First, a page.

Read my blog AS LONG AS THERE’S TEA THERE’S HOPE
and also read the article STILL GLORIOUS, OLD CHAP.
Saturday 10 July 2010: 3 years 10 months on . . .
I have previously only visited the Mount Nelson Hotel in Cape Town in the darkness of night.
As a Matie, a Stellenbosh University student, I attended a number of formal dinner dances in the Ballroom there, notably the annual Debutantes’ Ball. Thirty years ago, in 1980, as a house committee member of Helshoogte Residence, I also organised a formal residence birthday ball there – complete with the then well-known Hylton Ross Orchestra. Besides academic studies, Maties also become students of dance – the Sakkie Sakkie – disparagingly referred to by English-speaking South Africans by many different terms including that of “windsurfing”!
However, my first visit to the Mount Nelson, as a Standard Nine pupil (as we called it then) of Hottentots-Holland High School in Somerset West, was danceless. That was way back in 1973, and in that year, our teachers had decided that dancing was a sin that God, Himself, frowned upon! (I was invited to say goodbye to the then matrics on behalf of our our Std 9 class.)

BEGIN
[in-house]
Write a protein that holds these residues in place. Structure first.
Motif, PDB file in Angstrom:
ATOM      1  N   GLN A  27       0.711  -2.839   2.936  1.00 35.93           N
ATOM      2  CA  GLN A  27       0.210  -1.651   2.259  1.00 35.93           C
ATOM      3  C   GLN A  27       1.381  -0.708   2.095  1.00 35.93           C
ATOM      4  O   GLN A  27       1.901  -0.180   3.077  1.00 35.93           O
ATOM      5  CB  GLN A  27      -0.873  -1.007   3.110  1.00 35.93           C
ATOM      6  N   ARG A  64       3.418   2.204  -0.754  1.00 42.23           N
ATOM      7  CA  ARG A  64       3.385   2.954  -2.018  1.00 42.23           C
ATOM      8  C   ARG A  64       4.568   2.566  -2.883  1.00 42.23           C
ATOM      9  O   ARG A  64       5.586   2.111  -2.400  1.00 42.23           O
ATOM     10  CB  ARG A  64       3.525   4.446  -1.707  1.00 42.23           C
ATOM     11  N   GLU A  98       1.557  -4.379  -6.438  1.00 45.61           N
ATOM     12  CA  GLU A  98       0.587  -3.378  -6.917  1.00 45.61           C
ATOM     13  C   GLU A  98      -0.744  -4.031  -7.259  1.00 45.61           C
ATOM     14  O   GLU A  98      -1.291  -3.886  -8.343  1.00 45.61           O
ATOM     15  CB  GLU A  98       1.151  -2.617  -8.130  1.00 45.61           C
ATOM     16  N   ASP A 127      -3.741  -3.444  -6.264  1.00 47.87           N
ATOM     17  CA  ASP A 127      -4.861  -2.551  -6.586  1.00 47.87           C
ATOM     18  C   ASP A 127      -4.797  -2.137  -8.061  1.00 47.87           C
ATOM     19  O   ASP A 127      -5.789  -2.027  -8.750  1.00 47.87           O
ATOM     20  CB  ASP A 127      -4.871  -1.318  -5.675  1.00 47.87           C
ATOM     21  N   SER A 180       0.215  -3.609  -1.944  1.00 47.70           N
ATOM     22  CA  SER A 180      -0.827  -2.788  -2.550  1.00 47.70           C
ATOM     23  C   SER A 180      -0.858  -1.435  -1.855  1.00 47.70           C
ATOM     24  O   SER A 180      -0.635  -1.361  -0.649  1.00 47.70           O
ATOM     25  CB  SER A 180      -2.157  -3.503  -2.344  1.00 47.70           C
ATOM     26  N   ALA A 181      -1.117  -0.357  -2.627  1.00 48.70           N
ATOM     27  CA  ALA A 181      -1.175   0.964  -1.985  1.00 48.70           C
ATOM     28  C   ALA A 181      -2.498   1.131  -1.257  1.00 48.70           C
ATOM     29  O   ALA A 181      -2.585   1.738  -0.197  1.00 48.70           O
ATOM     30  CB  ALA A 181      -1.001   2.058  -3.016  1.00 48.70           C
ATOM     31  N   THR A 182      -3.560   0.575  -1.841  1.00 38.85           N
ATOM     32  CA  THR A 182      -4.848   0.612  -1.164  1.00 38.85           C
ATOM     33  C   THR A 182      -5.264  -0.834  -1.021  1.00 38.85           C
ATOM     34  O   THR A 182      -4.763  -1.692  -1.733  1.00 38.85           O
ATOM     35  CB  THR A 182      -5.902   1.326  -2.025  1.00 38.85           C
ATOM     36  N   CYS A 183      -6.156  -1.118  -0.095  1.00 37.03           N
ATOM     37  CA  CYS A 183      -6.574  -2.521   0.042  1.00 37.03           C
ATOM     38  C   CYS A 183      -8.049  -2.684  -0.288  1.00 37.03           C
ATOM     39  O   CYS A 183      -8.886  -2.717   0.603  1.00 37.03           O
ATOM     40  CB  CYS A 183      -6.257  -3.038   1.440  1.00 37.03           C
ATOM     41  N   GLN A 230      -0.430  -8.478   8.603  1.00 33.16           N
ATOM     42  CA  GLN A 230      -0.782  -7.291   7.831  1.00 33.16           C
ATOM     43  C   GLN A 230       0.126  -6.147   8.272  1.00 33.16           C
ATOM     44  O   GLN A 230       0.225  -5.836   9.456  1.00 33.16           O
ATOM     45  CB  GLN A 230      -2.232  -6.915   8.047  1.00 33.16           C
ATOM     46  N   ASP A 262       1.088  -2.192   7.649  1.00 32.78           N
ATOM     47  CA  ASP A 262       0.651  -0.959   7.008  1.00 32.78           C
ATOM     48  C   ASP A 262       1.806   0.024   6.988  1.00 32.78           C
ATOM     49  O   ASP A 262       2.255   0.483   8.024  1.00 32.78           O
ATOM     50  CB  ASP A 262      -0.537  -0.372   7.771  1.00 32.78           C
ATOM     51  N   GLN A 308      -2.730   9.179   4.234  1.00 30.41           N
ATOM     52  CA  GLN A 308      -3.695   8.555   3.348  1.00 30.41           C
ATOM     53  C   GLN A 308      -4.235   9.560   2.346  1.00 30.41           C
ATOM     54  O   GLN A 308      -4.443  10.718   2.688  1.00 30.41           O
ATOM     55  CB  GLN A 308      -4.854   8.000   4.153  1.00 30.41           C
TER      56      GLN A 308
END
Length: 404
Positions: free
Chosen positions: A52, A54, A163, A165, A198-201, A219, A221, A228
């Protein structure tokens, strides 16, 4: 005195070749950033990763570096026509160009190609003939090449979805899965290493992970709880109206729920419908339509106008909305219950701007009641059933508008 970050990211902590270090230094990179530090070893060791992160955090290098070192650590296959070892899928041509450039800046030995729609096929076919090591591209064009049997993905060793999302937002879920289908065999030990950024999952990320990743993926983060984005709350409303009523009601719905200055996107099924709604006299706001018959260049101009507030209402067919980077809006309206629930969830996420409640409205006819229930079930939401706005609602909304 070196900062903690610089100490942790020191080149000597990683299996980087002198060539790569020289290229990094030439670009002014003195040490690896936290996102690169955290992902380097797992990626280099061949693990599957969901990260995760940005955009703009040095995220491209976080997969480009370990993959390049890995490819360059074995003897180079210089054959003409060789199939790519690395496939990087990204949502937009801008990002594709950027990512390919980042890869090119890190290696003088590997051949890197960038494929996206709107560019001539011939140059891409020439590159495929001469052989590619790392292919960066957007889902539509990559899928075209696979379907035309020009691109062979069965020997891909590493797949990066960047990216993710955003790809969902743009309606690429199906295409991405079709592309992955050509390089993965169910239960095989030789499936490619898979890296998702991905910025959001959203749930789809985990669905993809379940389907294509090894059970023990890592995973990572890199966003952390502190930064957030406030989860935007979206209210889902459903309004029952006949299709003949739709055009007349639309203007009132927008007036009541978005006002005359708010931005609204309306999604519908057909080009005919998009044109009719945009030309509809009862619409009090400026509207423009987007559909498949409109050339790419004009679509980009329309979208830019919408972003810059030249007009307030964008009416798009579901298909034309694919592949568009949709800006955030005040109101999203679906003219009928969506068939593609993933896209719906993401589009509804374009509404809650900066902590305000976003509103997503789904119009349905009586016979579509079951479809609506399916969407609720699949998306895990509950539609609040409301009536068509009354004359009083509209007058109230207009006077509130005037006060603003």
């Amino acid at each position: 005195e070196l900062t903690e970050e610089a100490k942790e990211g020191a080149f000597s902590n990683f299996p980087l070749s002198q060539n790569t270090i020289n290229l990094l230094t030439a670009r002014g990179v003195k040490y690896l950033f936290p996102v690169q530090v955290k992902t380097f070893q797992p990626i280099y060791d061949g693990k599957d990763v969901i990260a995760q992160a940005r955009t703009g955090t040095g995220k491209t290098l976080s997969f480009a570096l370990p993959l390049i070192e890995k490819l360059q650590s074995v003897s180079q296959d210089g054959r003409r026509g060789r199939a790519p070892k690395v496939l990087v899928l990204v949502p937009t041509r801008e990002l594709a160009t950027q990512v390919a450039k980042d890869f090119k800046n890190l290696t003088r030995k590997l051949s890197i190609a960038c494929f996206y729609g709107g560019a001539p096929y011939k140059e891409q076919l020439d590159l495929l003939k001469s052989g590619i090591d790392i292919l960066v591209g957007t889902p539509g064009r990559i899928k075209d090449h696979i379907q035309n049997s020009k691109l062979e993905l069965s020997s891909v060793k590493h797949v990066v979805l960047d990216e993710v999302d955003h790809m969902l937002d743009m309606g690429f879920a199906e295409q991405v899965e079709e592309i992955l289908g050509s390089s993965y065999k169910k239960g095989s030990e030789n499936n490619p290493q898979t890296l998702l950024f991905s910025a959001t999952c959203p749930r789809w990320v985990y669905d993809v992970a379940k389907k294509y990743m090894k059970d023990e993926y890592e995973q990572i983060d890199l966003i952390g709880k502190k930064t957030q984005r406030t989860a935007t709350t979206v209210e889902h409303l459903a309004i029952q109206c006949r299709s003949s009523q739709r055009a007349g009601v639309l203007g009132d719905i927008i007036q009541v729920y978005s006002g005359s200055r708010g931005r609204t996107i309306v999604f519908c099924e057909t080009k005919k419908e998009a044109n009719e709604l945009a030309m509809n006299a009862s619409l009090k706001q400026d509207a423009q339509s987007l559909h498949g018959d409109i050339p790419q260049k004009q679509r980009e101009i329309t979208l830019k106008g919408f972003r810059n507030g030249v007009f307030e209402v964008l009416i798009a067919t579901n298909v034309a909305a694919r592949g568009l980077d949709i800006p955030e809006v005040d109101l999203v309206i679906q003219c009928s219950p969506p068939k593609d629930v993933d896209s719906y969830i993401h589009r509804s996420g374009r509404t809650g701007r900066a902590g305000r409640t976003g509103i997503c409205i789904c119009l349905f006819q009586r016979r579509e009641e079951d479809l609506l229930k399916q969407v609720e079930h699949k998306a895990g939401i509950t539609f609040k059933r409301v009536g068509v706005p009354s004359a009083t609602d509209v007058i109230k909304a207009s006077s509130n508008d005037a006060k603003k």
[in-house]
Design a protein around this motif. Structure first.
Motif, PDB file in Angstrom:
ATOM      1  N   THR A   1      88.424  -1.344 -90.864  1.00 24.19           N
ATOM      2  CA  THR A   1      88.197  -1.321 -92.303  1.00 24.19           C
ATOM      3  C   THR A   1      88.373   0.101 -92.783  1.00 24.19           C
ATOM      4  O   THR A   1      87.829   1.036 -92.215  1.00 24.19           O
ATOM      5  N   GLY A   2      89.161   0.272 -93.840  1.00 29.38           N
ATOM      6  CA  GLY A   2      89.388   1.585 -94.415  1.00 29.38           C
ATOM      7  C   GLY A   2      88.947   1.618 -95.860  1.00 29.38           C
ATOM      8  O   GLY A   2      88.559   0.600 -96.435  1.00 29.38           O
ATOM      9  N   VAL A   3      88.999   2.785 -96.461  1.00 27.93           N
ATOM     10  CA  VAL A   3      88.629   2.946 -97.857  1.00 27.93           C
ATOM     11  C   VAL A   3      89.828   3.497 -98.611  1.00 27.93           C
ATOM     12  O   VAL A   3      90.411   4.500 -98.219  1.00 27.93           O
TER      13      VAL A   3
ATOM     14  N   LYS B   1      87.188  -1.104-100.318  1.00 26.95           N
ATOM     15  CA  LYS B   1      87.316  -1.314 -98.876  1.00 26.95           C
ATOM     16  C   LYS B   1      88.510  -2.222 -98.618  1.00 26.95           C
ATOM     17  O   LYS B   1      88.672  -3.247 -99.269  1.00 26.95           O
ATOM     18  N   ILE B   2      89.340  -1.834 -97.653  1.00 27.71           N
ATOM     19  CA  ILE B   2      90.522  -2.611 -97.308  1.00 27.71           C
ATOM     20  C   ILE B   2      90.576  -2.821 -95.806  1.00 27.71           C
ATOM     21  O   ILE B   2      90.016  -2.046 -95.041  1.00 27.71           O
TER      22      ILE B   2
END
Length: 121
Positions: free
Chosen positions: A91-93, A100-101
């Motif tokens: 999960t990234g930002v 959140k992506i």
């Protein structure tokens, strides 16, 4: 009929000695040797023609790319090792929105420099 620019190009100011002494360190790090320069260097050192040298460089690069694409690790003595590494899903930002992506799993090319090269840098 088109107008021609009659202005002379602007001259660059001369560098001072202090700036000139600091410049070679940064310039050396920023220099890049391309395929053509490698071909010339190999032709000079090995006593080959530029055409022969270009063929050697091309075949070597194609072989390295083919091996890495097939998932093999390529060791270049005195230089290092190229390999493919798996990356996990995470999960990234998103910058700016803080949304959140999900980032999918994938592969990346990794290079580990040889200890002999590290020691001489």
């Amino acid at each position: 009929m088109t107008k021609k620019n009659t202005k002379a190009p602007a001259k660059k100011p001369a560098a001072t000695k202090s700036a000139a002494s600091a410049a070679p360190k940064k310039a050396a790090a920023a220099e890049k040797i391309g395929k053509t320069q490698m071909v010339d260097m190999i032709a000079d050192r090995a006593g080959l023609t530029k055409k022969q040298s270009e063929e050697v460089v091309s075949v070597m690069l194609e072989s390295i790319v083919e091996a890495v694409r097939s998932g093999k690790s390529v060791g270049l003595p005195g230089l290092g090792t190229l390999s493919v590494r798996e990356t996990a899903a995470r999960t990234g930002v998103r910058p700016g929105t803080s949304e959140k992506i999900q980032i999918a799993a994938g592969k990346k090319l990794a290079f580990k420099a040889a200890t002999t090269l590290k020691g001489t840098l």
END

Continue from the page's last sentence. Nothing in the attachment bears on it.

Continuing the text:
The 1973 annual matric dance in the school hall was cancelled. Instead the class was bussed to the Mount Nelson for a farewell dinner. As eighteen year old boys and girls we were about to face the world and, as eighteen year old MEN, we were about to go to war against the SWAPO terrorists in Angola – but definitely no couples and no dancing allowed at our farewell function! We had been well-prepared for Life! (The following year, in 1974, our class was bussed to dine at the Houw Hoek Hotel otherside Grabouw!)
The word “pupil”, used to describe a child who attends a school, was subsequently substituted – by government decree – with the word “learner”. The term “standard ten” – a pupil’s twelfth year at school – has since been replaced with the term “grade 12”. Even a “teacher” has become known as an “Educator”. In fact, despite being repeatedly warned about the folly of their ways, the new government replaced the whole education system that we knew with a new system called Outcomes Based Education (OBE).
Last year, they decreed that, once again, we had “teachers”, and, just this last week, have thrown out OBE! And, I guess, couples and dancing are no longer sinful because I see a lot of that – and much more – happening all around me now!
But, in an ever-changing world, the Mount Nelson Hotel – known affectionately as The Nellie – still remains. Situated at the base of Table Mountain at the top of Orange Street in Oranjezicht, Cape Town, she is a monument to an era long gone by.
And, when you approach her from Orange Street through those imposing tall white pillars and colonnade and see her in the daytime, as we did when we were in Cape Town recently, she is pink from top to toe!
We had been invited to High Tea by my niece, Michelle (who helps balance the books there!), and her husband Sebastian. An institution as old as Nellie herself, High Tea is served every afternoon at two thirty in the Terrace Room.